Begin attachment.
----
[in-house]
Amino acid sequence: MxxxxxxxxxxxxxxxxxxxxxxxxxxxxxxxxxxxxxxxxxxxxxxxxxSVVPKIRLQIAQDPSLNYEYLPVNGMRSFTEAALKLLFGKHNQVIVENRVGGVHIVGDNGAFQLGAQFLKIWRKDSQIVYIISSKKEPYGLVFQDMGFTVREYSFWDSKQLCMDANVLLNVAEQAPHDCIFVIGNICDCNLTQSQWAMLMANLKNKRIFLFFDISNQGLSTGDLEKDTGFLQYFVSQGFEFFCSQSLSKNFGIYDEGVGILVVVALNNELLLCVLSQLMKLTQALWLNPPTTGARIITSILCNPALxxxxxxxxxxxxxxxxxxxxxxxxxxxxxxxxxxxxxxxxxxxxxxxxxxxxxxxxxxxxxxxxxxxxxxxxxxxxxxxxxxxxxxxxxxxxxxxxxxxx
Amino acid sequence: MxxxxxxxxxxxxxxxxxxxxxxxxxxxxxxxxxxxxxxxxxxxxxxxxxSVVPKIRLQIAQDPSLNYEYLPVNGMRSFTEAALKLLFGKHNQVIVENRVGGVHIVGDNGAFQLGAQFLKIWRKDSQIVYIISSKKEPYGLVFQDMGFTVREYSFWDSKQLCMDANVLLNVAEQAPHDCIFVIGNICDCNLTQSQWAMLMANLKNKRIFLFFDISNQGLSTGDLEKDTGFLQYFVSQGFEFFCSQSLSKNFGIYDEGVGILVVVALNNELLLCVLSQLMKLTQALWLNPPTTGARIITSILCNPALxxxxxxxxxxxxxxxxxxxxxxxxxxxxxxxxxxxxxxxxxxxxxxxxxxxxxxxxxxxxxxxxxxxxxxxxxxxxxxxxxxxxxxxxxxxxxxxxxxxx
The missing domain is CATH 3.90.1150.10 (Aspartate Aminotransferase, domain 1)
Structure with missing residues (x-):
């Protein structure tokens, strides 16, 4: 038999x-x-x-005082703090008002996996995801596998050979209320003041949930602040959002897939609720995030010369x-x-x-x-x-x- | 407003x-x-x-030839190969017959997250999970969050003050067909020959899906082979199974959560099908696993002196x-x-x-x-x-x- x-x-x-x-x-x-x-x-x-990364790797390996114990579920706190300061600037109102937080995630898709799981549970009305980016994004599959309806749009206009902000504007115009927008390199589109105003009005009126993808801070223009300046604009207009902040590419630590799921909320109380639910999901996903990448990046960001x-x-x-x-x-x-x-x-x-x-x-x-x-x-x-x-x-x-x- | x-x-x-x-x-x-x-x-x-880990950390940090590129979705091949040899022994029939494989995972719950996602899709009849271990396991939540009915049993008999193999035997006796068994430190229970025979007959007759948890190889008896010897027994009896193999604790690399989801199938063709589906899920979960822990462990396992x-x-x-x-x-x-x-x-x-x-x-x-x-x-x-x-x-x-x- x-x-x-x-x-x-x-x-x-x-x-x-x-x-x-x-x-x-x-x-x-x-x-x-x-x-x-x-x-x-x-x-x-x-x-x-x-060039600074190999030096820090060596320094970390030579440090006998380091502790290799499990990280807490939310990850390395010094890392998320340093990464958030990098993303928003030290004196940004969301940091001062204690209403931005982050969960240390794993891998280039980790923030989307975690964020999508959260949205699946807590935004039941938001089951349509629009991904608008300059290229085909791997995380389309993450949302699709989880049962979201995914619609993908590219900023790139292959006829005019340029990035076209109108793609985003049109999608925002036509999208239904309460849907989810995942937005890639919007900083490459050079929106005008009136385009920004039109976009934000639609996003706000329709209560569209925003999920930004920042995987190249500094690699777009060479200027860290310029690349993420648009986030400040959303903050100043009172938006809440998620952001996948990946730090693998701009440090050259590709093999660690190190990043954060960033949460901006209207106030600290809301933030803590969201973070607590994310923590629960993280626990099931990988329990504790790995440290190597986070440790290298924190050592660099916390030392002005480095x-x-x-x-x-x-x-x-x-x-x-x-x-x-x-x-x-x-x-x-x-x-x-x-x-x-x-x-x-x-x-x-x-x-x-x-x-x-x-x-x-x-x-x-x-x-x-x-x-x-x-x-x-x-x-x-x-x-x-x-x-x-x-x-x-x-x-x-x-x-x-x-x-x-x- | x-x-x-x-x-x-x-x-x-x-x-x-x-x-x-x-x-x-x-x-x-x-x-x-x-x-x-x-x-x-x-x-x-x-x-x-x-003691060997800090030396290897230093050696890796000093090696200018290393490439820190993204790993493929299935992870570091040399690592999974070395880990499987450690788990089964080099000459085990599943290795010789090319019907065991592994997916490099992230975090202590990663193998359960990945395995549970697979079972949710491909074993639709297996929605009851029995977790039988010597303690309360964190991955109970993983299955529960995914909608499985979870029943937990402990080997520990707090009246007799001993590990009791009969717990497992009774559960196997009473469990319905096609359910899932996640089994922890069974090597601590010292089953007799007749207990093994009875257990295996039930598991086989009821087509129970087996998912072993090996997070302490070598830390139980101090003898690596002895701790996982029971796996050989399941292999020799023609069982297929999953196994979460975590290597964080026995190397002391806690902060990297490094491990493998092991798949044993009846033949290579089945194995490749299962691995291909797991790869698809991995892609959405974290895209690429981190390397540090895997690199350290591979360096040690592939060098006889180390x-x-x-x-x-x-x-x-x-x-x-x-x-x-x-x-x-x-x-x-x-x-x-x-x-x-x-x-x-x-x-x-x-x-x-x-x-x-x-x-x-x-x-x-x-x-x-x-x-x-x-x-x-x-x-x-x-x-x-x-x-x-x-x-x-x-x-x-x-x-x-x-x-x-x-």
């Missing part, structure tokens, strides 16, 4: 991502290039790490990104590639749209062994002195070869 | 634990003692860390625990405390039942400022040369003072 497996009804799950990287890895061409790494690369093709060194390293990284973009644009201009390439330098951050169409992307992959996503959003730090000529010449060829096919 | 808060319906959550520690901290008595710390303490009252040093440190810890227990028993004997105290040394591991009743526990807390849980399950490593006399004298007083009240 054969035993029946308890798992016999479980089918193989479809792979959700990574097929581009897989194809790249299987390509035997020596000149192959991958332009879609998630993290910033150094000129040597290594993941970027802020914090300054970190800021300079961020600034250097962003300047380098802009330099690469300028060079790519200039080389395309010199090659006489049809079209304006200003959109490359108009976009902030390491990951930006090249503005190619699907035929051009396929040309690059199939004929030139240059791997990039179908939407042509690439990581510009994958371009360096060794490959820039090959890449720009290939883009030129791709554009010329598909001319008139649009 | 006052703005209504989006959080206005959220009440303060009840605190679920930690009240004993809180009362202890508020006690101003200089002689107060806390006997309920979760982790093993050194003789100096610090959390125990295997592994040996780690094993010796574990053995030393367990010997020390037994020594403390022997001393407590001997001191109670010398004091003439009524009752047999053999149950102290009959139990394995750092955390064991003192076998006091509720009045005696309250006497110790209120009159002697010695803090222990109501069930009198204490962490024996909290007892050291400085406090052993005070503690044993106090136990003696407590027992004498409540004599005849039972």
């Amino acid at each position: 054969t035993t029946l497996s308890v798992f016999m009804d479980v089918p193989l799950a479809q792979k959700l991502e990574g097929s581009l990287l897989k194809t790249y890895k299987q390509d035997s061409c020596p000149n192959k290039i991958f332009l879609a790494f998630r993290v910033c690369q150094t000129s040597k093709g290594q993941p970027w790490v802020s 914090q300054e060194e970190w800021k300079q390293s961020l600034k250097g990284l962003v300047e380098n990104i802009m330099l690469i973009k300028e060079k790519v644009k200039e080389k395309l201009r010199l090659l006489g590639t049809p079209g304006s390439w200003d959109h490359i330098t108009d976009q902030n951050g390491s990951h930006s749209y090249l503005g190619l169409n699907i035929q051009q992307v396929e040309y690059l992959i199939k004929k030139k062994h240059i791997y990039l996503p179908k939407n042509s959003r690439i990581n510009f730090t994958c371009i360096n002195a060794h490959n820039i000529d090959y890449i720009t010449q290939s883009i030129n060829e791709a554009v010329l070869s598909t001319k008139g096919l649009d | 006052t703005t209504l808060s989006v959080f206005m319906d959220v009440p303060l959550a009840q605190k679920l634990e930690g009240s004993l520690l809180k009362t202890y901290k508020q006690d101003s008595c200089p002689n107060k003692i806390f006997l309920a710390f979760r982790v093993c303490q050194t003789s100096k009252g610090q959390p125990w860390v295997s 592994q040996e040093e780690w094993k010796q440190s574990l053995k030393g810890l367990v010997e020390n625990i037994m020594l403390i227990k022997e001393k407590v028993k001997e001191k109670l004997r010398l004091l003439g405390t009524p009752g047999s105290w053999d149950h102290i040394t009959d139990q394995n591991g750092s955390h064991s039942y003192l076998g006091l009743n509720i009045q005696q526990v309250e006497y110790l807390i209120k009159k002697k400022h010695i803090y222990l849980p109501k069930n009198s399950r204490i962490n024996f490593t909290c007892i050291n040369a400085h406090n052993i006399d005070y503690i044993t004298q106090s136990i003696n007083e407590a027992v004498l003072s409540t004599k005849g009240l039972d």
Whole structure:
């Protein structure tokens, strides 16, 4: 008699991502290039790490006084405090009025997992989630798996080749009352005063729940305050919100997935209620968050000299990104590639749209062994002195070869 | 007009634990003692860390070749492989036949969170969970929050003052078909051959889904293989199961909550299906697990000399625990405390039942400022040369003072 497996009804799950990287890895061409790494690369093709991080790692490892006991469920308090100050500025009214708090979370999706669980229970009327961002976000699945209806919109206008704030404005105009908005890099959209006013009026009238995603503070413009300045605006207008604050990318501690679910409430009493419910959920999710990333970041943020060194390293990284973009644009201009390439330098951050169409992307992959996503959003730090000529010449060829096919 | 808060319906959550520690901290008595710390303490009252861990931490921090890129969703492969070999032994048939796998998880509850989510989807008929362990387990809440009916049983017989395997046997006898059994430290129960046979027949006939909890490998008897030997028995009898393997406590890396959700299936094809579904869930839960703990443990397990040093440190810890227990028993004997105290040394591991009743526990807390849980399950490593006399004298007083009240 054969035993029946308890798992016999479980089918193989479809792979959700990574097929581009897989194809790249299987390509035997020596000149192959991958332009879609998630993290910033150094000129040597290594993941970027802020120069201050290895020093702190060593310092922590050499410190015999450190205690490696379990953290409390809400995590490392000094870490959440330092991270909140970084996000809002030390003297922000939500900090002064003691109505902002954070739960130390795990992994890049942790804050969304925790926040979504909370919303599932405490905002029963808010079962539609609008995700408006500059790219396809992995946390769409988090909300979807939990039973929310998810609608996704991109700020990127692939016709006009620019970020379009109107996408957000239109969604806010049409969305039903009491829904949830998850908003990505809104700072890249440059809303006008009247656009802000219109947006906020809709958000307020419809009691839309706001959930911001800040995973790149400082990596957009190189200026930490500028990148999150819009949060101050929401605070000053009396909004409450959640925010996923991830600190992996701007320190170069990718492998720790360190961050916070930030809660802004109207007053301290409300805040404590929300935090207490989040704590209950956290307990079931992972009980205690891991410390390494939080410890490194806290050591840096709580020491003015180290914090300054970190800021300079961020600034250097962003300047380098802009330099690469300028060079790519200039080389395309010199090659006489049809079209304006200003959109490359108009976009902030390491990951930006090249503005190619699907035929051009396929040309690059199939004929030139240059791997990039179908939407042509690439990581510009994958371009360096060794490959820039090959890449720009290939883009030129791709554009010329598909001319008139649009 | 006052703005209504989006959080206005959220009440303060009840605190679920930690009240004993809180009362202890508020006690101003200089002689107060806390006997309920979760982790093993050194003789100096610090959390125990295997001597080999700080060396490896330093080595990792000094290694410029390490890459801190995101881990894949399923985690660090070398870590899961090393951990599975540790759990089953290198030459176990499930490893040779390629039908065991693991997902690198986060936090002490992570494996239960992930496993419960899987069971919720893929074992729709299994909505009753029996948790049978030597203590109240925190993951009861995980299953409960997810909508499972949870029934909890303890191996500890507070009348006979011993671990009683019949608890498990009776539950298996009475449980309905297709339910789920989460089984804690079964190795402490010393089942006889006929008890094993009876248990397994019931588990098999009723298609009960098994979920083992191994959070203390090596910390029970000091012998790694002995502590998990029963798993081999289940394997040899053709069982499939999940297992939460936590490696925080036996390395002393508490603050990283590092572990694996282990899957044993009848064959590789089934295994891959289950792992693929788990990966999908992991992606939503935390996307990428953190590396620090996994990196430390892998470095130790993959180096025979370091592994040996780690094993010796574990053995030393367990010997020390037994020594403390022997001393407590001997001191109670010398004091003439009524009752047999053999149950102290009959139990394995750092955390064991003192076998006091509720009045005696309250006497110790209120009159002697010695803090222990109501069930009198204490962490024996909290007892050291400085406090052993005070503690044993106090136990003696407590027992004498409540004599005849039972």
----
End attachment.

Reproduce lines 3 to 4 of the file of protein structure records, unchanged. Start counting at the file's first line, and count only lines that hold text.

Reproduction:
Amino acid sequence: MxxxxxxxxxxxxxxxxxxxxxxxxxxxxxxxxxxxxxxxxxxxxxxxxxSVVPKIRLQIAQDPSLNYEYLPVNGMRSFTEAALKLLFGKHNQVIVENRVGGVHIVGDNGAFQLGAQFLKIWRKDSQIVYIISSKKEPYGLVFQDMGFTVREYSFWDSKQLCMDANVLLNVAEQAPHDCIFVIGNICDCNLTQSQWAMLMANLKNKRIFLFFDISNQGLSTGDLEKDTGFLQYFVSQGFEFFCSQSLSKNFGIYDEGVGILVVVALNNELLLCVLSQLMKLTQALWLNPPTTGARIITSILCNPALxxxxxxxxxxxxxxxxxxxxxxxxxxxxxxxxxxxxxxxxxxxxxxxxxxxxxxxxxxxxxxxxxxxxxxxxxxxxxxxxxxxxxxxxxxxxxxxxxxxx
The missing domain is CATH 3.90.1150.10 (Aspartate Aminotransferase, domain 1)